My friends at Shop3D.ca are having a contest and I thought you might be interested.
They’re looking for people to submit models of ornaments that they can 3d print and add to their office Christmas tree. A favorite design will be chosen and the winner will receive a 3DSimo prize pack. I thought cosplayers would be interested because the 3DSimo Mini 2 does soldering, hot wire foam cutting and wood/leather burning in addition to 3D drawing. All around it is pretty cool, I’ve been playing with it a lot.
(The chance to win a 3DSimo is only open to Canadians, but Non-Canadians are welcome to submit designs to be featured, with credit, on social media)
If you’re interested you can check it out here:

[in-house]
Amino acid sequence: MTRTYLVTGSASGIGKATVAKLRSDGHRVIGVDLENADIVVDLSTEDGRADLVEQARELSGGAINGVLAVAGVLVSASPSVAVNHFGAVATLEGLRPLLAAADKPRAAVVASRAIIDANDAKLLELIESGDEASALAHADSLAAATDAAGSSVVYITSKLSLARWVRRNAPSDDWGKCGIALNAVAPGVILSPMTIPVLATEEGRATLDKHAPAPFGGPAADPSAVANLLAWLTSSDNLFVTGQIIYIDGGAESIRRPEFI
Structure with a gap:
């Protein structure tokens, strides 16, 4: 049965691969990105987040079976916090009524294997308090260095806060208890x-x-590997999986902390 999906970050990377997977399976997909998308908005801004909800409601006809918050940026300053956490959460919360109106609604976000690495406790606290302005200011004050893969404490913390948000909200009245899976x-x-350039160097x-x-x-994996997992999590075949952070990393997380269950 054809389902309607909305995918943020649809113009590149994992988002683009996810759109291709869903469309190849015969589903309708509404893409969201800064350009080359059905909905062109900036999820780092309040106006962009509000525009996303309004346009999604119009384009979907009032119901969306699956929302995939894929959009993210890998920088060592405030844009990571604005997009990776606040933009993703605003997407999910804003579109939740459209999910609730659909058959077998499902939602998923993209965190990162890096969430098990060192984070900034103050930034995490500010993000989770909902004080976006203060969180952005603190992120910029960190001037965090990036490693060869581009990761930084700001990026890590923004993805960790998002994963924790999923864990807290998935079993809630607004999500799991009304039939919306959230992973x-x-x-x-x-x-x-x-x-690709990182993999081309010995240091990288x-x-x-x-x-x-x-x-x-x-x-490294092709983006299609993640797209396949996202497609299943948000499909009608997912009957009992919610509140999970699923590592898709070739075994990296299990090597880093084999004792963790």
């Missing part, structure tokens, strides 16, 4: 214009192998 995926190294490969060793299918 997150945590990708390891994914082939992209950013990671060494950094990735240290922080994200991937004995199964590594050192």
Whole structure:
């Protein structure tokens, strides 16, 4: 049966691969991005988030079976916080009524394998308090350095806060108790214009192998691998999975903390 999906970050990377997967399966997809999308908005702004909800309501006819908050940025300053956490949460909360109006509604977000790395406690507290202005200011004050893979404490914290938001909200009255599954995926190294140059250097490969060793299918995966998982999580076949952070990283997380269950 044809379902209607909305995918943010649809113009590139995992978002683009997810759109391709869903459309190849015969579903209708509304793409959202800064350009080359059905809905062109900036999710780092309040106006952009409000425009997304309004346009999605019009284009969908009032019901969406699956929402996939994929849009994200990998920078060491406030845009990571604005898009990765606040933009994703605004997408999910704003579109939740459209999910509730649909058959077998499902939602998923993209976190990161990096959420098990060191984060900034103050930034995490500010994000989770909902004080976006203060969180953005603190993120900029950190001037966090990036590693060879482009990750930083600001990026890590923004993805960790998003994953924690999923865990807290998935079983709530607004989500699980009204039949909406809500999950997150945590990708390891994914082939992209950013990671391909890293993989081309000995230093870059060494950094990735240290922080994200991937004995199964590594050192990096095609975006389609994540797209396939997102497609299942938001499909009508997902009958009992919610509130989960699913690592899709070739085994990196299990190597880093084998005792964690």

An example of 3D Printing in-action!
This print is made of PLA and is being printed on the Ultimaker 2 Extended.
This is extrusion printing. The PLA plastic (that kind of looks like one long piece of plastic spaghetti wrapped around a spool) is heated and pushed (extruded) through the nozzle. The nozzle moves along the print, depositing a thin layer of this plastic.
It builds your print layer by layer, which is why it can take a long time for larger prints.
You can also see there is a thin base layer that extends outside of the print. A good base layer is the basis of a good print! So if you want to start a print and walk away you should at least check the base layer and make sure it has gone down properly. If it hasn’t, some common errors might be that the plate is not level or the temperature is off.
—Duckie / Admin
We’re answering your 3D Printing questions this week. Ask your question here.